>in a publicly visible CVS tree.
>
>I feel that having the entire source tree available would be a good thing
>for the community. For those concerned about forks or other nonsense,
>then the list of committers can remain solely in the power of the Sun
>Jini team.

One of the arguments I recall hearing is that the current distribution (which does include the source) only has Sun contributions in it, and that makes it appear that the community is not in control of Jini. There is a important distinction here that I want to make sure we all discuss. The Spec is changed by the JDP which involves the community. The starter kit is Sun's implementation of what the Spec says. Anytime the community changes the spec, Sun's JTSK has to comply right?

>With the time between release dates for most projects exceeding a year
>(or more), source access allows each community member to decide if
>possible incompatibilities are worth the benefits.

The important issue for me is whether the community needs the JTSK to do something different that the spec controls, or is there other functionality that is not part of the spec (like the start.jar stuff), but that the community has found useful that needs enhancements, but which currently does not have a community contribution path.

>The Jini team has limited resources and I believe could greatly benefit
>from the OSS process of many people chipping away small pieces of the
>problem - bugs or new features. We (the Jini Community) all know the
>power of worker processes grabbing tasks out of a common space: by
>publishing issues and enhancements and accepting patches and tests in
>return, the community would benefit from faster JSTK releases.

In my mind there are, at least, a couple of different issues to discuss.

One of the issue is how does the community contribute to things that are part of the starter kit so that ease of use and other issues can be dealt with quickly. That question is based on the assumption that a single JTSK like thing is a good idea. I think it is a good idea right now. I don't see the value in another distribution, asside from the obvious performance competition possible in the Javaspaces implementations.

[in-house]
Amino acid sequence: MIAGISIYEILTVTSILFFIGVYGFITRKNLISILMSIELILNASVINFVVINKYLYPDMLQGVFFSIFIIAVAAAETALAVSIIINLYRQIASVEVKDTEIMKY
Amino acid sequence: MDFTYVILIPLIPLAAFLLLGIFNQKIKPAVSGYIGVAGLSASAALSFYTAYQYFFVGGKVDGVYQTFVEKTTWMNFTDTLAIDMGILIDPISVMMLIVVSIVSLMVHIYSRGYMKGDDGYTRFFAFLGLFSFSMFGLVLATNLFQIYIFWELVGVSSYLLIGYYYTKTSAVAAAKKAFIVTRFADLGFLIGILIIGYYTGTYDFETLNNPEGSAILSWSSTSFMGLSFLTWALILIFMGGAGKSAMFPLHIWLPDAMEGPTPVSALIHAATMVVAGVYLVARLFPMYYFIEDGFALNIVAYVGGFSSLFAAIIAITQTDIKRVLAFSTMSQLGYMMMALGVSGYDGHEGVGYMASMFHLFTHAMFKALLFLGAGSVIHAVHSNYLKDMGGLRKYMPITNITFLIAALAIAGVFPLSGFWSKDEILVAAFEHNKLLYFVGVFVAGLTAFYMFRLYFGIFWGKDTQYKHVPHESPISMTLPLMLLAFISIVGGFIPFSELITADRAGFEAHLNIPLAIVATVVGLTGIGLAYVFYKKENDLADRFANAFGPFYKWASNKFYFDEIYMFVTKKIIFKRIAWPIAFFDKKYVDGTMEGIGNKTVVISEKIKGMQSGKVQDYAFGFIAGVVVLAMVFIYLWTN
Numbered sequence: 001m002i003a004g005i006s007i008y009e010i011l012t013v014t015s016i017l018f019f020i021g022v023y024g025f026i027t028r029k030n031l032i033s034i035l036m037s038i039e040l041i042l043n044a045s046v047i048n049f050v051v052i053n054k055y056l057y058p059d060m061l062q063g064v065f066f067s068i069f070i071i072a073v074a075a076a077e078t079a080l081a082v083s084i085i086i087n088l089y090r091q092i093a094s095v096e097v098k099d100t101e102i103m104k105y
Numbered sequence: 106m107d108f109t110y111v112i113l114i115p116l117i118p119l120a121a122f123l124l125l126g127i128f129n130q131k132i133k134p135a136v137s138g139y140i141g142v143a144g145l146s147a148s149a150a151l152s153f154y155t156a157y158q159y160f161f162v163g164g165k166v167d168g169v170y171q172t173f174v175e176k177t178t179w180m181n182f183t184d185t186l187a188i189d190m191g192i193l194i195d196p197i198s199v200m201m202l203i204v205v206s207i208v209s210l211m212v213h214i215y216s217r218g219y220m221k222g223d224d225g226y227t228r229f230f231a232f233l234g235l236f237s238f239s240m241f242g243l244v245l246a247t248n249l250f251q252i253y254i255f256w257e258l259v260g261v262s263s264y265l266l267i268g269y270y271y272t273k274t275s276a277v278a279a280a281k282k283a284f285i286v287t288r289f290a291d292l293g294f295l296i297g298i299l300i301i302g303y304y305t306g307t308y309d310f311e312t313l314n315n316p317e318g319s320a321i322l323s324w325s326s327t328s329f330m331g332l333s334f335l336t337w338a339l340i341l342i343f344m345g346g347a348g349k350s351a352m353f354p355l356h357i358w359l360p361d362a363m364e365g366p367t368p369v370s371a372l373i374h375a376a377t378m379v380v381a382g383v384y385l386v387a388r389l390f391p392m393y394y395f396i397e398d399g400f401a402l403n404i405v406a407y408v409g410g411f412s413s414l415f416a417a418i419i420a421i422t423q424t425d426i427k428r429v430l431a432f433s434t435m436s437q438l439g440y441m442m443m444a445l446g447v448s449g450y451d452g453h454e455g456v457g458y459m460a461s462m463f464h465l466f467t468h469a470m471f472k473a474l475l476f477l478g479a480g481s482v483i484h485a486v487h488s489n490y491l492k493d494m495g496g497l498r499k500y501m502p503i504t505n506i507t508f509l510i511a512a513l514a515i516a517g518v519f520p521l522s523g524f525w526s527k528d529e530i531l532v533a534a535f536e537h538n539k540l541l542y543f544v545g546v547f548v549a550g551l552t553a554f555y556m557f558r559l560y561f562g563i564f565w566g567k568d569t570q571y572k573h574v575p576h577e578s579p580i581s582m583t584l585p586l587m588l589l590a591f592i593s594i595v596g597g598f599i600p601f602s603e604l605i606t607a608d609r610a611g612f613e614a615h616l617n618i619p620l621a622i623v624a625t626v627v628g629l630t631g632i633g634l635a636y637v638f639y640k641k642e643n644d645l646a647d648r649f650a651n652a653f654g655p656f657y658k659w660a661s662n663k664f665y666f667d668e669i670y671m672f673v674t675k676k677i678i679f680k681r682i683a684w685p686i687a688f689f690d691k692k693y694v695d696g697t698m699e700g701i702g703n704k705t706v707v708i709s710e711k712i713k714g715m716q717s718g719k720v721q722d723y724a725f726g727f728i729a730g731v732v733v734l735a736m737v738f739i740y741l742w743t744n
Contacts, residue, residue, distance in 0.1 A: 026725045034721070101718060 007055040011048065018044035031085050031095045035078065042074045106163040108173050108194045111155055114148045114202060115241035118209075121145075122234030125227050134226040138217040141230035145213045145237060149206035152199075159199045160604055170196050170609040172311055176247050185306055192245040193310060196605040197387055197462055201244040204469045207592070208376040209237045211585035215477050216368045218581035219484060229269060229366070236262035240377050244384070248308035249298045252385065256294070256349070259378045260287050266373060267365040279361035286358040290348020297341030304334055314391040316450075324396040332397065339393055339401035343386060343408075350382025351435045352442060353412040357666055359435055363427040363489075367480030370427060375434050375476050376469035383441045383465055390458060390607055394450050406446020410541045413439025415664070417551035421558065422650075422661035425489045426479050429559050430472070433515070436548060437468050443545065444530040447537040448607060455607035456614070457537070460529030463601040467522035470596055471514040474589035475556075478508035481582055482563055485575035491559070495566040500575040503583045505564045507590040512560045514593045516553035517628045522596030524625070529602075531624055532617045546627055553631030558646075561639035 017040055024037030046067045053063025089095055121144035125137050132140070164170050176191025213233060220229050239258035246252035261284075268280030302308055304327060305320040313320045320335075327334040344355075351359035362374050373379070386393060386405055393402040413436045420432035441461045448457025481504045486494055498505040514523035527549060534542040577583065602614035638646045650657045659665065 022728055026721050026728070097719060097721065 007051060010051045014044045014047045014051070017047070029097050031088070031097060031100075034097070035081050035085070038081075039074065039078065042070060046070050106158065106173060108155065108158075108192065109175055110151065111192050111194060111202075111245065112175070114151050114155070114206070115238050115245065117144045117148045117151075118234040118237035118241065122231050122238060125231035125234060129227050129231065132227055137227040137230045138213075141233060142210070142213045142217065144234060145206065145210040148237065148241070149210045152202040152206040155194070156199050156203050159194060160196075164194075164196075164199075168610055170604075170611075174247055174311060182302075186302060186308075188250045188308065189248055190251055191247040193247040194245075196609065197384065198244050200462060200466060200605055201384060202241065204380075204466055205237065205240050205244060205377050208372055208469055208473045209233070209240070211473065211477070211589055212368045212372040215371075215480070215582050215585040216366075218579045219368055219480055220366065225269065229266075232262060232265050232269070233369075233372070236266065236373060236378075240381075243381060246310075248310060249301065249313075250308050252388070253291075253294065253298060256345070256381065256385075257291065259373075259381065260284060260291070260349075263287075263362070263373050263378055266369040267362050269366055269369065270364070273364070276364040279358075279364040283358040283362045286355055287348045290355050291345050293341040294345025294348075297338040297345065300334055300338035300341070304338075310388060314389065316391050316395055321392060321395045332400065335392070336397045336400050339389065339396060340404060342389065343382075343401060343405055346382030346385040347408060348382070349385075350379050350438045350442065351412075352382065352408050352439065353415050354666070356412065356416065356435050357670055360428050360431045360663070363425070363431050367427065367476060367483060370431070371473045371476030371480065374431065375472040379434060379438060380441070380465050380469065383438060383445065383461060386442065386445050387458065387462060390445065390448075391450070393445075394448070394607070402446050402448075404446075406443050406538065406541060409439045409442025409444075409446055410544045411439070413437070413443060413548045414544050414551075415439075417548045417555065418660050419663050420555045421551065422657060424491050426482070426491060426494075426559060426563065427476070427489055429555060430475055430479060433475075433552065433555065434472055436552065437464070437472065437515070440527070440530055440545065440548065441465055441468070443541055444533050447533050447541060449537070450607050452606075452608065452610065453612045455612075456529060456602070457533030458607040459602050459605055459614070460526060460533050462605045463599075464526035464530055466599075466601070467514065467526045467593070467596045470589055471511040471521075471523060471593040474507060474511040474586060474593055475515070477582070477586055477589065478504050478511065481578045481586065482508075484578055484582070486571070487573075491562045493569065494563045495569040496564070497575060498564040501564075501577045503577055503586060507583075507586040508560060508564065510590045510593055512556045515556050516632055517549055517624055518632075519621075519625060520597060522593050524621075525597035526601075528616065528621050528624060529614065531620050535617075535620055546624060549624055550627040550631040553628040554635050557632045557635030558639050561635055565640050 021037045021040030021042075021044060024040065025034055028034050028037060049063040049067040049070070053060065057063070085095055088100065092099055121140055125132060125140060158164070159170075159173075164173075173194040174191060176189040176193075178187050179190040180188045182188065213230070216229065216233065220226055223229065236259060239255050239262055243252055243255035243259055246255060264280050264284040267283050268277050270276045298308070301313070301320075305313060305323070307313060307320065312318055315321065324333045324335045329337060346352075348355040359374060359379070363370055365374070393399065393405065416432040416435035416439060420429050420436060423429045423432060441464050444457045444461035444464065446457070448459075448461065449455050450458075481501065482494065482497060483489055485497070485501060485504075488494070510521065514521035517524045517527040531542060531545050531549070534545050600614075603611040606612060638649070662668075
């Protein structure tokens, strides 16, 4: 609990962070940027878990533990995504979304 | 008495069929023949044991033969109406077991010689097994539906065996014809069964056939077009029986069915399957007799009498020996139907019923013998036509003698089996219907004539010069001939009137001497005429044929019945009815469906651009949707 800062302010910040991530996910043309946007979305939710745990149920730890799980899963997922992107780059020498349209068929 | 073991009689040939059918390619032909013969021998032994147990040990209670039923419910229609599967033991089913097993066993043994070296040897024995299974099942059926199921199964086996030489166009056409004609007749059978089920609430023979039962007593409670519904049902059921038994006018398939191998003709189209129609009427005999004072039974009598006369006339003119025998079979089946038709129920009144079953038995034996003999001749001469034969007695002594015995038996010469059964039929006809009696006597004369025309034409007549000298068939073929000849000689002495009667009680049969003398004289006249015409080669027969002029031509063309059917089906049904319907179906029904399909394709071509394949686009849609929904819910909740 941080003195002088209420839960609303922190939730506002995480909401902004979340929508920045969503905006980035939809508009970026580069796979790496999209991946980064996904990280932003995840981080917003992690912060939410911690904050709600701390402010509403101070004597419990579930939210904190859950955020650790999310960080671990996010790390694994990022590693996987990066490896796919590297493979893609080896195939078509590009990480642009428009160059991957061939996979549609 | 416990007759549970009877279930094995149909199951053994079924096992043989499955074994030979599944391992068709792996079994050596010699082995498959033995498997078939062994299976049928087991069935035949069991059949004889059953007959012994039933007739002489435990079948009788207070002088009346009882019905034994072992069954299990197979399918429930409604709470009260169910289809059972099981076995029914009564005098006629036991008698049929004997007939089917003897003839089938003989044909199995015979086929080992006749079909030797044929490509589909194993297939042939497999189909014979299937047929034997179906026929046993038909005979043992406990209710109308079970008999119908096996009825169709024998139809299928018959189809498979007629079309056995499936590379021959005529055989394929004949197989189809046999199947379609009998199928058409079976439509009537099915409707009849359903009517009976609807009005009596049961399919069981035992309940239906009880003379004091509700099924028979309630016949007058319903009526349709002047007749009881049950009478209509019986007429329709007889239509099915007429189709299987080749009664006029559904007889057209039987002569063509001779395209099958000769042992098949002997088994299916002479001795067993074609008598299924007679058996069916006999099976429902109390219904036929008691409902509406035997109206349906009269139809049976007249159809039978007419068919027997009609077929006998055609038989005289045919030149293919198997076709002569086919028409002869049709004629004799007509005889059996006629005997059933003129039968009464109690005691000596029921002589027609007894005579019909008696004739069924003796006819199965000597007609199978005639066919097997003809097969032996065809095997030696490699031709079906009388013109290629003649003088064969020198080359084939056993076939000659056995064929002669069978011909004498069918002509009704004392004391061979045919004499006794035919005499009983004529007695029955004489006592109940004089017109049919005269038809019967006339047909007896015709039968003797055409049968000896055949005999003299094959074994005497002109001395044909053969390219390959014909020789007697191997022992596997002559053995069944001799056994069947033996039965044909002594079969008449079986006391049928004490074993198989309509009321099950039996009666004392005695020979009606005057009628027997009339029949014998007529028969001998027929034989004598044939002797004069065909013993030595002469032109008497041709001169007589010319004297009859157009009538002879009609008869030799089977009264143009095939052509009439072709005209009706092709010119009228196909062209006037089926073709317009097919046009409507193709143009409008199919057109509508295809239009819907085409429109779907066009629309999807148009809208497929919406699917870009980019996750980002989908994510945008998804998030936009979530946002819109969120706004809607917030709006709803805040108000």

Another issue is related to whether the community feels that Sun's development tree for the JTSK should really be visible to the community, or is it okay for it to be a 'product' that Sun is in control of.

Currently, we don't have a competing JTSK like thing. But, Seven's release will change that. It will be a spec compliant platform that includes extensions for container based service deployment. When that happens, will Seven augment Sun's JTSK, or will it include a particular version? I think I understand from Mark Brouwer that he wants to avoid creating another JTSK distribution. It seems to me that he want's Seven to piggy back on whatever it is that Sun is distributing.

So, the real question seems to be, where is the best place for the community to add value to the Jini platform without fragmenting the platform view that the JTSK creates by standing alone?

Kim

Posts: 4
Nickname: kmarius
Registered: Oct, 2003

Re: Community Access to the Jini Starter Kit Codebase Posted: Apr 6, 2004 9:24 AM
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Sorry, don't know how my post got to this forum, this has nothing to do with Jini Start Kit :-(